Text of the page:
Glen Sherley onstage at a prison in Vacaville, where he recorded a live album while incarcerated. (Courtesy of Ronda Sherley)
This was originally published Jan. 23, 2018.
Fifty years ago this month, Johnny Cash performed at Folsom Prison to an audience of 1,000 convicts. The recording of the show, "Live at Folsom Prison," went on to become a landmark album.
It solidified Cash’s image as a champion of the downtrodden, revitalized his career and forever linked him with those behind bars.
But the singer’s connection with Folsom went far beyond a triple platinum release. It was there that he met a jailhouse songwriter and career criminal named Glen Sherley. Their friendship would have a profound effect on both men.
It all begins on the morning of Jan. 18, 1968. Johnny Cash is onstage under the raw fluorescent lights in mess hall #2 at Folsom Prison. Cash is giving the convicts what they want, running through numbers like "Folsom Prison Blues", "Dark As a Dungeon," "I Still Miss Someone," "Send a Picture of Mother."
Standing tall up there, dressed in black, sweat rolling down his cheek, Cash squints through the choking haze of cigarette smoke at a prisoner in the front row with a chiseled face, a high pompadour, and a Pall Mall dangling from his mouth.
This is Glen Sherley, California state convict A-59795C, a repeat offender doing a life sentence for armed robbery. He has no idea what’s about to happen, no idea his life is about to change forever.
From the stage, Cash pauses to introduce the next and final song.
“This next song was written by a man right here in Folsom Prison, and last night was the first time I’ve ever sung this song. Anyway, this song was written by our friend Glen Sherley.”
The room erupts, Sherley’s inmate brothers clapping, whistling and hooting for their man as he beams in shock and wonder. Cash kicks the band into "Greystone Chapel."
Inside the walls of prison, my body may be But my Lord has set my heart free There’s a grey stone chapel here at Folsom A house of worship in this den of sin You wouldn’t think that God had a place here at Folsom But He’s saved the soul of many lost men
Cash played two sets at Folsom that day and closed both with Sherley’s raw anthem to the small, sacred building.
“If you took the Glen Sherley component out of that record there would be a big hole,” says country musician Marty Stuart. He played with Cash in the ‘80s, and Johnny introduced him to Sherley many years ago. “To me that was kind of the heart of that record. That was a great gesture, but it was also a great song and a deserving song.”
So how did this guy who’d spent most of his adult life buried in the toughest prisons California had to offer — Chino, Soledad, San Quentin and Folsom — write a song that ended up on one of the most revered and powerful albums ever?
It all began with a behind-bars demo.
Sherley was friendly with the prison DJ, convicted killer Earl Green. Green loved Johnny Cash, and convinced Glen to write something in Cash’s style. Thus was born "Greystone Chapel." Green recorded Sherley’s song, and — by all accounts without his knowledge — gave the tape to the Rev. Floyd Gressett, a traveling chaplain who brought the Good Word to the incarcerated. He also had a church in Ventura where Cash, who lived in nearby Casitas Springs, was known to darken the door on Sunday mornings.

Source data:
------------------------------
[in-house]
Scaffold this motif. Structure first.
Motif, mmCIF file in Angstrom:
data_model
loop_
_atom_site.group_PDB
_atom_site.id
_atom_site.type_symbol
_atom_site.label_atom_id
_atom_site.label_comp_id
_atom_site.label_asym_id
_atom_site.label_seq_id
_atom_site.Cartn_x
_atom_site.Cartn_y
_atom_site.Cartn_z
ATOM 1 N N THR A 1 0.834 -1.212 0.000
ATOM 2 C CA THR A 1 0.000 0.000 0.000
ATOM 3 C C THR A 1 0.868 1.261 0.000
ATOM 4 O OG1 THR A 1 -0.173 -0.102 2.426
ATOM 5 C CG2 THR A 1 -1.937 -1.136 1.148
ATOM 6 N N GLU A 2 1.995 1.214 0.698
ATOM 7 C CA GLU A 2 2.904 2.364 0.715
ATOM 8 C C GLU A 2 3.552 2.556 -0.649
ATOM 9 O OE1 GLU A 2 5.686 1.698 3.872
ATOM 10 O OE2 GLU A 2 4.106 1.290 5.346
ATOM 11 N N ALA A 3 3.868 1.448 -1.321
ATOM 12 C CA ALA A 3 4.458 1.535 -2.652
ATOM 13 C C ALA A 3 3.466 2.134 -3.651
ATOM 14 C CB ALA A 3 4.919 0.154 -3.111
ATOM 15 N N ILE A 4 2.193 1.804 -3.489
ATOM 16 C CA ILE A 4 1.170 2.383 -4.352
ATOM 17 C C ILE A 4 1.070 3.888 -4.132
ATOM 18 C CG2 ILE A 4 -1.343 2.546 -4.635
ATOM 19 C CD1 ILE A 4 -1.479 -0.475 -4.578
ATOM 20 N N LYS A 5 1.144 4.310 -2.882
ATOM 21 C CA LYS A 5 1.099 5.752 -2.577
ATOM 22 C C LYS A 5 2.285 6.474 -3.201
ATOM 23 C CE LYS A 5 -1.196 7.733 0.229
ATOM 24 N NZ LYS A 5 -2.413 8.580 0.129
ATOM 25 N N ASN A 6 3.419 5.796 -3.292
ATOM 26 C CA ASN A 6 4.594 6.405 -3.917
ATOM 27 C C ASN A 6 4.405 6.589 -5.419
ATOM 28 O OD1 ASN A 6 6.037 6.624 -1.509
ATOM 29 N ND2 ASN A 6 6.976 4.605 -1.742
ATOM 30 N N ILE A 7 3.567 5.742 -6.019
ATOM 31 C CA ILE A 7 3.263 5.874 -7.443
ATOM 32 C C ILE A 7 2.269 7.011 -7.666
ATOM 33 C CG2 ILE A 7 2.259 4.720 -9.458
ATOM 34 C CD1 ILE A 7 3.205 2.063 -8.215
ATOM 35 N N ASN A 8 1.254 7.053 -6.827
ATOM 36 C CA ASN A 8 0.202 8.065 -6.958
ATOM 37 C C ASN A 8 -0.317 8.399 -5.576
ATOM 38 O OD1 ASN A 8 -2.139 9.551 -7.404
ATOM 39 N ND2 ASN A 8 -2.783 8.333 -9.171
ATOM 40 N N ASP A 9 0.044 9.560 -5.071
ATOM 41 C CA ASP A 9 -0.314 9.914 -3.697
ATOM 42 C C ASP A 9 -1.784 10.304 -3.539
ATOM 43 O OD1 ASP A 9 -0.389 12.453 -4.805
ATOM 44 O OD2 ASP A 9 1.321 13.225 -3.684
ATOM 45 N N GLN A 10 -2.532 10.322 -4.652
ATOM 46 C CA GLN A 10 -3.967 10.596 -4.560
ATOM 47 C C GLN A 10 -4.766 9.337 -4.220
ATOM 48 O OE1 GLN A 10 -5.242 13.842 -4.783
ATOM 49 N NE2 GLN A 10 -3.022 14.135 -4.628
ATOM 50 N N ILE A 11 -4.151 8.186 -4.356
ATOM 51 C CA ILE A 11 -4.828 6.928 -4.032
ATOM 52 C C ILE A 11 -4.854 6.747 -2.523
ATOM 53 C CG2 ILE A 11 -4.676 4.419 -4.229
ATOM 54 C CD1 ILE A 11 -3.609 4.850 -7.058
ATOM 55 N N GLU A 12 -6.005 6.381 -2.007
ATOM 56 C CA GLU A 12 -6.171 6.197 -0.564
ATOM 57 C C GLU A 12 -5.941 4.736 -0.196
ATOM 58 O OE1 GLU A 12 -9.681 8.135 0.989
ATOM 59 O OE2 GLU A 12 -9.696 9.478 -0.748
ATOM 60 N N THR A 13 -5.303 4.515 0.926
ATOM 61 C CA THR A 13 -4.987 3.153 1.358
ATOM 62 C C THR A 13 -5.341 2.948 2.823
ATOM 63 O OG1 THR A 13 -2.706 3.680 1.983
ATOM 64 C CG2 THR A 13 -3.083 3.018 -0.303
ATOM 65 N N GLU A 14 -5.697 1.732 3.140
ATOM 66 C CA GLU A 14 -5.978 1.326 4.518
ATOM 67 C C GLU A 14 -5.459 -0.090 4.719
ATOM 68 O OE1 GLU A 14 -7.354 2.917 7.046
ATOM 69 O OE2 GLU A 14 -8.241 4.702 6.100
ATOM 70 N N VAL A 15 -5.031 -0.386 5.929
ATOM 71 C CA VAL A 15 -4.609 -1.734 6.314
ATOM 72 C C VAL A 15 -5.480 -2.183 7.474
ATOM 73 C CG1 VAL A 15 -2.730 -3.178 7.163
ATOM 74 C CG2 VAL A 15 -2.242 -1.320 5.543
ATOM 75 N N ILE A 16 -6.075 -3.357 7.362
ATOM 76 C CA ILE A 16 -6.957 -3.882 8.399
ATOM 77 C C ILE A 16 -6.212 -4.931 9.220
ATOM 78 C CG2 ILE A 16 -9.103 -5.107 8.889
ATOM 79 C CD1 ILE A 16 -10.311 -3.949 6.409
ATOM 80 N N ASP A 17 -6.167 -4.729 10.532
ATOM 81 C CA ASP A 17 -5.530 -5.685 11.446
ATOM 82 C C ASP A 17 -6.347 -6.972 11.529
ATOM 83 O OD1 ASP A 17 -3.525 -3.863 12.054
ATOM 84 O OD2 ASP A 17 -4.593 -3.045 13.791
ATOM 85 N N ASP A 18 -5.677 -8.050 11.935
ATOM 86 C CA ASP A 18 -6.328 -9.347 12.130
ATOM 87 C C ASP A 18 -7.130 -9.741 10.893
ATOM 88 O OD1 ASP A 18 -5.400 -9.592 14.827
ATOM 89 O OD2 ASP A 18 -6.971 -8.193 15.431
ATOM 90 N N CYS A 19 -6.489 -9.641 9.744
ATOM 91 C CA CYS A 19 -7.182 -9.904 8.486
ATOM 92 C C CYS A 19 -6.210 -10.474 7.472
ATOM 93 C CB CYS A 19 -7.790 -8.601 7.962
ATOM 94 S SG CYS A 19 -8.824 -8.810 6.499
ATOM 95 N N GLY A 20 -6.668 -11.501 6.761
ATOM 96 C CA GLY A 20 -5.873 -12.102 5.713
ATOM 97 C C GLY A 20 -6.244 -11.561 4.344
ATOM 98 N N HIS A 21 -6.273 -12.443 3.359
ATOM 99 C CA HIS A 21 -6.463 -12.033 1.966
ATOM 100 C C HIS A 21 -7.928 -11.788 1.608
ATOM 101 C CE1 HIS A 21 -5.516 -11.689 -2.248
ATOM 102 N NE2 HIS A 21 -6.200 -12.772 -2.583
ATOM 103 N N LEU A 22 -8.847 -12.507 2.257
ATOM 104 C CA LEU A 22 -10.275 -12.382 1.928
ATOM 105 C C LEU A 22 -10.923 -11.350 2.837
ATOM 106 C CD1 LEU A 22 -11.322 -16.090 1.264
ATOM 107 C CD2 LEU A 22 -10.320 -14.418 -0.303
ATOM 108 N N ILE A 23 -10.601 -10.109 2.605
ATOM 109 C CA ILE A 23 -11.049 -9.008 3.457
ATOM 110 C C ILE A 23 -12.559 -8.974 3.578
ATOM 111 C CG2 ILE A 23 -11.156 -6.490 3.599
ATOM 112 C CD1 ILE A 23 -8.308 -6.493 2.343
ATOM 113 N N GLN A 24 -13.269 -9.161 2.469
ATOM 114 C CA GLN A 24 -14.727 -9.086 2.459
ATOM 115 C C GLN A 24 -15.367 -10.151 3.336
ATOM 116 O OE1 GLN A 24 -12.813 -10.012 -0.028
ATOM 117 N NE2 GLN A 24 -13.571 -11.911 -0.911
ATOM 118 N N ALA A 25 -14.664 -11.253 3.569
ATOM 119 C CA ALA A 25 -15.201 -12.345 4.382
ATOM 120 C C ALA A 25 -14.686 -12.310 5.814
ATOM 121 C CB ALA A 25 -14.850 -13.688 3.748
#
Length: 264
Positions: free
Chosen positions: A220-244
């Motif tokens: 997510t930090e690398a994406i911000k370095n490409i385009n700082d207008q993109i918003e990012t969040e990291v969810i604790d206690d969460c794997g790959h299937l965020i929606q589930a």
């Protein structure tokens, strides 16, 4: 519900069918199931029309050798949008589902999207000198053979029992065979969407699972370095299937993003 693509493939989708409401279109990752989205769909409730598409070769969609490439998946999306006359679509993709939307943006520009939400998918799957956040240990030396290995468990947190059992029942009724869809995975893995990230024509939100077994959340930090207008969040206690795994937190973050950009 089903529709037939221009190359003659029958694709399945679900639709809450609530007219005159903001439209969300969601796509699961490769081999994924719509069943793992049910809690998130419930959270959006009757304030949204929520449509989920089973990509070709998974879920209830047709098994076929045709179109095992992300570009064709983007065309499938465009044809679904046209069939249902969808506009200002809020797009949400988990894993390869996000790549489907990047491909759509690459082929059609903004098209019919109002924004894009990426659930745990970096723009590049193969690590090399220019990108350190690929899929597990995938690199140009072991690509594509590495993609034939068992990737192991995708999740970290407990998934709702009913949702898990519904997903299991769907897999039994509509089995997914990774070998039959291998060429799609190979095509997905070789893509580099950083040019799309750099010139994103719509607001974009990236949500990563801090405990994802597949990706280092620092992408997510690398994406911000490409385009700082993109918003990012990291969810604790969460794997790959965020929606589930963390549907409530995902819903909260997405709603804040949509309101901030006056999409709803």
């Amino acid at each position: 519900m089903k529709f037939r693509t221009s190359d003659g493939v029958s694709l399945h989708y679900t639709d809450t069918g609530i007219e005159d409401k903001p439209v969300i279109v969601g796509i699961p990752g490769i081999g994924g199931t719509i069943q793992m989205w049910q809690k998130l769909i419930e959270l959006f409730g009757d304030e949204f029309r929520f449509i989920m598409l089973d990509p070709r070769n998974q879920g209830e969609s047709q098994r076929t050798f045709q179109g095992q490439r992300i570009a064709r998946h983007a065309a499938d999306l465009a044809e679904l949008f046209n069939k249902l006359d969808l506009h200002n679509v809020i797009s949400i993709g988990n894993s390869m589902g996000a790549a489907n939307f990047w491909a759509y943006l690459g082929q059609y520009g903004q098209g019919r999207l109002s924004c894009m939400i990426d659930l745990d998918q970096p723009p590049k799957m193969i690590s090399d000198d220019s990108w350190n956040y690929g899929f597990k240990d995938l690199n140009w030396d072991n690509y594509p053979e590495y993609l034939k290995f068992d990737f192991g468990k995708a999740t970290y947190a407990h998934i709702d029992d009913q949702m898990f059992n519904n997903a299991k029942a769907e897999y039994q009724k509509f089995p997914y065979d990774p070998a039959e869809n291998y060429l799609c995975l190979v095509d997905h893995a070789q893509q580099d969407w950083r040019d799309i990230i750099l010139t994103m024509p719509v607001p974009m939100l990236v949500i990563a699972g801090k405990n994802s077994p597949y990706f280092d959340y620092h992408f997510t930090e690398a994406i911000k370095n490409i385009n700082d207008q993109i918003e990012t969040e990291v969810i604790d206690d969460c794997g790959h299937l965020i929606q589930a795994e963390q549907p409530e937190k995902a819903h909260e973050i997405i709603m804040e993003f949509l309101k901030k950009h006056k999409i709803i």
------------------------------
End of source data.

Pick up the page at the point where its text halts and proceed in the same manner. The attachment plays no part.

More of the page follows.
The evening before the Folsom show, Cash was rehearsing in a Sacramento hotel when the Rev. Floyd dropped by with that tape straight from the big house. Cash loved what he heard, and performed the song the next morning onstage at the prison.
Sherley’s song was a crowd pleaser. It put the spotlight on a humble prisoner, and would be a savvy promo for the release.
Most artists would have left it at that and moved on.
But Johnny Cash was not most artists.
By 1968, he was getting a handle on his years of drug and alcohol abuse, resurrecting his career, and renewing his deep faith in the Lord. When he met Glen Sherley, Cash was meeting a kindred spirit, a darker version of himself, had he made slightly different life choices.
“Oh, I think it was just a country boy thing, just a Southern boy thing,” says Marty Stuart. “You see a buddy down in the ditch, you stick out your hand. They helped each other, I think they shored each other up. I think it was the best of intentions.”
Nashville pedal steel master Lloyd Green, who recorded with both Sherley and Cash, has a slightly different take on the relationship.
“It was that messianic complex thing kicking into high gear,” he says. “'I'm going to save this guy, and in the process save myself.’ [Cash] looked at it like, I've been redeemed because I was special. He really felt he was a special man. And he said it, you know, more than once. He might have been.”
Cash was finding salvation. Now, with the help of God and Nashville, he was going to save Glen Sherley, too.
But what brought Sherley to this point?
“I was born in state of Oklahoma in '36. I think it was the latter part of '38 when the whole family moved to California,” he said in a 1971 interview with CBS News. “If you read Steinbeck's book the 'Grapes of Wrath' it kind of fits that, you know? Mattresses on the car, buckets on the side, stopping getting water. Got to California, I started school.”